The hon. Gentleman knows full well that 40 per cent. of all eligible pensioners do not claim pension credit, and it is costly to administer, costing far more than child tax credit. The pension consensus should therefore be to give all pensioners, regardless of who they are, what they have earned in the past or what contributions they have made—thereby including many women who take time out to have a family—a decent citizen's pension. [Interruption.] Well, the pension credit does not work. It is not being claimed. The test of the success of any benefit must be whether it is understood and claimed. Whether the Government like it or not, the reality is that pension credit is not understood or claimed as it should be.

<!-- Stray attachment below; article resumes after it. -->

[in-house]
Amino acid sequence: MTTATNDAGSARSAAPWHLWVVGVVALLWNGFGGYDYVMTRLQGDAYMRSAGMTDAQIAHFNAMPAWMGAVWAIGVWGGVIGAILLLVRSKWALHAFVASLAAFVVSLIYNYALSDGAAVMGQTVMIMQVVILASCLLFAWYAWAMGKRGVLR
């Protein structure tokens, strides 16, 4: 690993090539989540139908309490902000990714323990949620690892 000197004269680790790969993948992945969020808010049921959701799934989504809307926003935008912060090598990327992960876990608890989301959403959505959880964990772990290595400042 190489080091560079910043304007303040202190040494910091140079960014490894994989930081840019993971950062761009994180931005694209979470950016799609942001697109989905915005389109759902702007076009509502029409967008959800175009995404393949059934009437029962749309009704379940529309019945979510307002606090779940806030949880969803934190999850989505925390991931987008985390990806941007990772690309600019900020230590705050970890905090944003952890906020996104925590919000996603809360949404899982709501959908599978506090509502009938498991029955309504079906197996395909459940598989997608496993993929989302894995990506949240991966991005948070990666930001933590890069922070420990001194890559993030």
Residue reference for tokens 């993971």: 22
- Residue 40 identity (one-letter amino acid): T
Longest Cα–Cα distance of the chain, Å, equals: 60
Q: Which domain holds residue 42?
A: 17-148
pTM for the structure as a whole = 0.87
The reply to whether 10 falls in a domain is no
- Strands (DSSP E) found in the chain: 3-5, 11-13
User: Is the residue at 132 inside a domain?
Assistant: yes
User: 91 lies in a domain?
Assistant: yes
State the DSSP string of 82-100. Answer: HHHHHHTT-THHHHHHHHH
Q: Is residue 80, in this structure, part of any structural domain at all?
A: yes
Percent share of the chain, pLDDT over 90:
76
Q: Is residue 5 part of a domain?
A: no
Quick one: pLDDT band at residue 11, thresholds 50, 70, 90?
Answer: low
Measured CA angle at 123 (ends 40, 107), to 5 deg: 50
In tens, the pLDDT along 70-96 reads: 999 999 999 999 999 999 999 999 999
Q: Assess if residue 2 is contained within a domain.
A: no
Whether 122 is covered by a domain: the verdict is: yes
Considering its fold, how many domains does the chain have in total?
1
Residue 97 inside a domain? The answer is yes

While we have no qualms about accepting the first part of the Bill, and we applaud its simplification and redistributive elements, the second part of the Bill is inadequate, does not go far enough and does not address pensioner poverty. It is another example of a tax grab without a benefit. We are not prepared to support a Bill that does not deal with the fundamental issues, which we shall consider later in relation to the Pensions Bill, of ensuring that all pensioners have a decent and fair pension. As we have made clear, we are not against the pensions consensus, but we will not support the technical proposals in this Bill if there is a vote.
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